We can hear sassy mallard hens quacking in the distance. They're sitting somewhere on what amounts to a reservoir rest area. Gunning is allowed only on portions of this property, so as not to disturb birds that gather here. "Usually, we shoot mostly ducks back here," Stephens says. "But this has been a really strange year."

Translation: Shooting has been slow throughout the region. It's still early, but wintering mallards have not yet arrived in large numbers. Mild weather has slowed the migration. Tens of thousands of greenheads are still hanging out in South Dakota and other points north.

At 7:35, Knowles quickly rises from his seat, swings his shotgun, and drops a lone gadwall that arrives unannounced. Taco, a black Lab, is sent to retrieve the morning's first bird. What will the rest of the morning bring?

"We've been seeing a lot more specks [white-fronted geese]," Stephens says while scanning the sky. "I don't know why. Somebody said that the birds may be coming this way because of the drought in Texas. But we're seeing more and more every year."

As if on cue, five specks appear over the tree line. Stephens strikes up a short conversation with the geese, and moments later they are hovering over the decoys, wings cupped and feet down. Specks become the birds du jour. Six limits are eventually loaded into the johnboat, along with four ducks. The Blind Side has proved lethal.

Groups of ducks are conspicuous in their absence. A flock of green-winged teal buzzes us but flies out unscathed. They caught us napping, and were here and gone in a hiccup. Single mallards, the occasional odd pair, and a pintail drake are among the rare visitors.

"Some people think it's real easy to hunt ducks down here," Stephens says. "But up north, hunters don't have to worry about ducks being paired up. When they do get paired up, they want to stay away from other ducks. That can make for some tough hunting because they don't want anything to do with large decoy spreads."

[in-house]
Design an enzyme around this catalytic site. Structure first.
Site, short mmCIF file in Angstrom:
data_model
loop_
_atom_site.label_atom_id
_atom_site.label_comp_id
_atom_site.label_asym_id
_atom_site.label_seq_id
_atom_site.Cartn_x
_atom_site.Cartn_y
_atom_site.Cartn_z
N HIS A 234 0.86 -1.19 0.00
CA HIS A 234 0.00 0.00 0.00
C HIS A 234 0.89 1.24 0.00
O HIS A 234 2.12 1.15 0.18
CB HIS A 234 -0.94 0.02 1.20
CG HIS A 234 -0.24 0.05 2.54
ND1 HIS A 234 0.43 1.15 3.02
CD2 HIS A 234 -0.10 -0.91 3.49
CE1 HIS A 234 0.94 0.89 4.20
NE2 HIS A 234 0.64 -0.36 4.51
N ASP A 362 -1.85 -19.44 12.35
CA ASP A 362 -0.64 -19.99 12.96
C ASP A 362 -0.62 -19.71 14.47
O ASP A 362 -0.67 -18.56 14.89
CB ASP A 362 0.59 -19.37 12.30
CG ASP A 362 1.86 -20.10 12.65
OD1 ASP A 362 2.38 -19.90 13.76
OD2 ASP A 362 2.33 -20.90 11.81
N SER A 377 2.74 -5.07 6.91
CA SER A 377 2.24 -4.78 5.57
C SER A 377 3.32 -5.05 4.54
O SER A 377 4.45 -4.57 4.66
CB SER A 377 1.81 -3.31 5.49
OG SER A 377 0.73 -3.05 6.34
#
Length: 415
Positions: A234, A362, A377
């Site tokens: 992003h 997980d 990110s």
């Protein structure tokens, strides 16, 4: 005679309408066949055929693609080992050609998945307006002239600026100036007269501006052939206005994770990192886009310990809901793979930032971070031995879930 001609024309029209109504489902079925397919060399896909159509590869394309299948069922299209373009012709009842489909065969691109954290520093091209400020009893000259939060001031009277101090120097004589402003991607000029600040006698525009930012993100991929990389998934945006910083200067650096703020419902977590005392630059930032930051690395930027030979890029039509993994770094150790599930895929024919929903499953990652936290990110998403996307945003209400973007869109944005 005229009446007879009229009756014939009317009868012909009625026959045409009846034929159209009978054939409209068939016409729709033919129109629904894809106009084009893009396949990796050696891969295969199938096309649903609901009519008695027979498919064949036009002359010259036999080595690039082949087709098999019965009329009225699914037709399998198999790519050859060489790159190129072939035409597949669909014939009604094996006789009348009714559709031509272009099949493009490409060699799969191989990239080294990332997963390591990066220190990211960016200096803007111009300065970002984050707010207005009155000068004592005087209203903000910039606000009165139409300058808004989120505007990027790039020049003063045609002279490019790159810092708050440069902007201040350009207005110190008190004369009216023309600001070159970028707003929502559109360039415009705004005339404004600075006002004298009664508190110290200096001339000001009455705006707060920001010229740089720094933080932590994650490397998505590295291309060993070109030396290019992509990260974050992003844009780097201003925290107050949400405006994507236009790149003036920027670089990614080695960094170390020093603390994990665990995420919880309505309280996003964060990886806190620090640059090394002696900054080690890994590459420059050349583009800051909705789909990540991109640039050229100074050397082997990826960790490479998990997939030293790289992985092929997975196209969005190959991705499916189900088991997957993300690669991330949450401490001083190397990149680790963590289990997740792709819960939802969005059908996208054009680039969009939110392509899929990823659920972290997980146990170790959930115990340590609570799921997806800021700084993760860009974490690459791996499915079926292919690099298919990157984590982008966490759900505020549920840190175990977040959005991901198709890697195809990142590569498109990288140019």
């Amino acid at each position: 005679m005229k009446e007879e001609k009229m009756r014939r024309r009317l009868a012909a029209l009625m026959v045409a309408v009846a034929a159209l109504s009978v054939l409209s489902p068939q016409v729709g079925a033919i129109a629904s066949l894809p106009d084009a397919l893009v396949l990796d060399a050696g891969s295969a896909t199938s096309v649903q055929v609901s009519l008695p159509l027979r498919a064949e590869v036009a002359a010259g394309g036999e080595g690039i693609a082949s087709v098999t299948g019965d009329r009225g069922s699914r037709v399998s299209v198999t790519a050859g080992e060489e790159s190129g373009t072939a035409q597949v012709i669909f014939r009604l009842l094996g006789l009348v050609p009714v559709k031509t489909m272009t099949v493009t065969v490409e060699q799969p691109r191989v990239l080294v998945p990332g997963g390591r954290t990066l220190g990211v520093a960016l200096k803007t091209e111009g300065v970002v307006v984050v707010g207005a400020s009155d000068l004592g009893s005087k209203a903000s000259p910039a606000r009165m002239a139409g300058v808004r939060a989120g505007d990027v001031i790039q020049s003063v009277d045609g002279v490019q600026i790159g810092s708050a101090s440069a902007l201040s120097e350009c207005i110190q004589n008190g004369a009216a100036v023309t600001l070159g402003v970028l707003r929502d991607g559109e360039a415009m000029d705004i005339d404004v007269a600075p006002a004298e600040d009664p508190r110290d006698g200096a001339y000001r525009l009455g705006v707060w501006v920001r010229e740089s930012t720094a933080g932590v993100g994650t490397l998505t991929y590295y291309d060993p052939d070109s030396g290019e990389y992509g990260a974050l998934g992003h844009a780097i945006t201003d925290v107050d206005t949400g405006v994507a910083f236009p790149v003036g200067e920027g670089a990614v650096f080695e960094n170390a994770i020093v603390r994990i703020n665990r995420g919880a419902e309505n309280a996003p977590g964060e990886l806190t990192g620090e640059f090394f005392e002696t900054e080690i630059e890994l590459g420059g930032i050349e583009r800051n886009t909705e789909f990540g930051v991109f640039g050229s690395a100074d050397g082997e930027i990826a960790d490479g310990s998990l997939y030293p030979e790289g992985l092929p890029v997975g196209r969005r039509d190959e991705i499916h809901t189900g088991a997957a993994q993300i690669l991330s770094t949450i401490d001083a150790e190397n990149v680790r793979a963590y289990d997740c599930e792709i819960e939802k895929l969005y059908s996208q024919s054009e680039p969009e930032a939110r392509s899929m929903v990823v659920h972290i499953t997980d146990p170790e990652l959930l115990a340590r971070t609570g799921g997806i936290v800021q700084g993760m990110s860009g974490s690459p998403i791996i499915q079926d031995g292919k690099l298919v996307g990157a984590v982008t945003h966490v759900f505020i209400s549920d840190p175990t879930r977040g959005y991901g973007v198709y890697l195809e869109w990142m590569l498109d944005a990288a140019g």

His point is well taken. Arkansas is clearly a duck migration destination. But once the birds arrive here—after being shot at for at least a couple of months—their behavior can change. Pair bonds formed in early winter factor into the riddle.

Miller and I are joined the next morning by Greg Kosteck, a Winchester Ammunition executive, and T.J. Mallette, who helps out the RNT crew when he's not soaking up knowledge in an Ole Miss classroom. We are sequestered in a rice field pit blind, complete with rolling top and Mallette's black Lab, Cash. The temperature is in the 40s and the sky is gray. Wind is negligible. Snow geese are making a racket in a field behind us. 

Early on, Kosteck drops a drake mallard that swings wide right before turning back over the decoys. We add another shortly thereafter. Maybe today is the day. 

Three hours later, that hope is in shambles. The ducks—at least the greenheads—are just not here yet. We see scattered flocks of other species, but all are bound for parts unknown. 

Timing is everything, even in Arkansas. Sometimes you hit the flights just right... and sometimes, well, you miss. Having experienced my share of hits in this rice- and duck-rich region, I'll be back. 

For more information on waterfowl hunting and other attractions in the Stuttgart area, visit stuttgartarkansas.org.